What if you were asked this question: How have you taken a bold step toward a healthier you?
Three areas of particular importance when it comes to being in good health are what you eat, how much you move (activity) and how life makes you feel (mental health). The Diabetes Prevention Program at Meritus Health can offer you direction, support and resources in all three of these areas. Investing in this single program could be the bold move for you to make this year.
In the U.S., 96 million adults have prediabetes, and 80% of those who have it don’t even know it. Type 2 diabetes, or T2 as it is referred to in the program, often has no symptoms, so someone who has prediabetes — when the blood sugar level is higher than normal, but not high enough to be considered T2, which is in the range of 100-125 Mg/dL — will most often not know of the unhealthy path they are going down.
The good news is that if you discover high blood sugar early, many who lose weight and increase their physical activity can prevent or delay the disease, and in some cases return their blood glucose to normal levels. This is where the DPP comes in.
The program assists participants with identifying how to choose the best foods for meals, how to increase movement daily and how to recognize and better control stress. These small lifestyle changes can have a big, bold effect in preventing the onset of T2. Since change can be challenging for most of us, support and encouragement from others who are on the same path, under the guidance of a trained lifestyle coach, can really help.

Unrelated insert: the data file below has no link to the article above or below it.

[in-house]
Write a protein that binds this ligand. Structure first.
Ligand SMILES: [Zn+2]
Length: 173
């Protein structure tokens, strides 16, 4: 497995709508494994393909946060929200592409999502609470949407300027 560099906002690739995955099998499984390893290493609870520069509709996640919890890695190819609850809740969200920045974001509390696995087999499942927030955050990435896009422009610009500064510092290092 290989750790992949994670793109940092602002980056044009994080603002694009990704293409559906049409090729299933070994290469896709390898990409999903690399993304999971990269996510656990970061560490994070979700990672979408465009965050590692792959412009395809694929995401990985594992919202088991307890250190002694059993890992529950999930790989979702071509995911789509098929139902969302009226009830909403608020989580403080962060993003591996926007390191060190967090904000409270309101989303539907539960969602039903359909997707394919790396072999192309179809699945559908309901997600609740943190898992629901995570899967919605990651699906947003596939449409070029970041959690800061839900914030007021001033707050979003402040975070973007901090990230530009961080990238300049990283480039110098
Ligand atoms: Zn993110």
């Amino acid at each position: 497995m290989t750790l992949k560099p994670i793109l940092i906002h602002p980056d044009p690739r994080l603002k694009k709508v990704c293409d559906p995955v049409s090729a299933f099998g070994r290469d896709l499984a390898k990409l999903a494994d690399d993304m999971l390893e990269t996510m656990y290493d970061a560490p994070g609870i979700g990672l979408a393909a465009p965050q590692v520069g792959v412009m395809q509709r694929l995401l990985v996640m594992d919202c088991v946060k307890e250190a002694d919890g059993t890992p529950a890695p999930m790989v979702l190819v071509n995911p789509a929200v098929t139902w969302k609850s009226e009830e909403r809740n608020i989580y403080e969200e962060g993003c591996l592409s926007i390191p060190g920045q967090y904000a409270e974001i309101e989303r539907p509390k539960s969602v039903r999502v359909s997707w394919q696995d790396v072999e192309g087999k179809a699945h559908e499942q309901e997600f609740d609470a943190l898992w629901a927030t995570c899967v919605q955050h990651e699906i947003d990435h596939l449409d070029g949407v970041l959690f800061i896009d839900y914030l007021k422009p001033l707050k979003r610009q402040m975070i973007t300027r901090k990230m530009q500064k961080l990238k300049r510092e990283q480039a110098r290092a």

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The DPP is an evidence-based series of classes that has proven to work. Participants who invested their time and actively took part in the program have reported a 58% decreased risk of being diagnosed with T2. Those age 60 and older report a 71% decreased risk.
Participants in the program work toward the goals of losing just 5% to 7% of their body weight and accomplishing 150 minutes of moderate activity each week.
The program focuses on what we can change to help decrease our chances of being diagnosed with T2. There are risk factors that we have no control over, including family history, ethnicity (Pacific Islander, African American) and age (older than 45). Working on lifestyle changes that lower blood pressure, decrease risk of gestational diabetes when pregnant and help you reach a healthy weight can still make a tremendous difference in a person’s chances of not getting diabetes.
Diabetes Alert Day — the one-day “wake-up call” that helps us focus on the seriousness of diabetes and the importance of understanding our risk — is Tuesday, March 22. Everyone is encouraged to take the risk assessment test that day, either in person at Robinwood Professional Center’s atrium from 8 a.m. to 4:30 p.m., at Valley Mall’s interior Belk entrance from 11 a.m. to 5 p.m., or online at https://www.meritushealth.com/treatment-care/diabetes-care/diabetes-prevention-program/. Your results might prompt you to Go For Bold and take the step to sign up for the free DPP. We would love for you to join us!
Laurie Sandberg, B.S.N., RN, CDCES, is a diabetes care specialist with Meritus Health.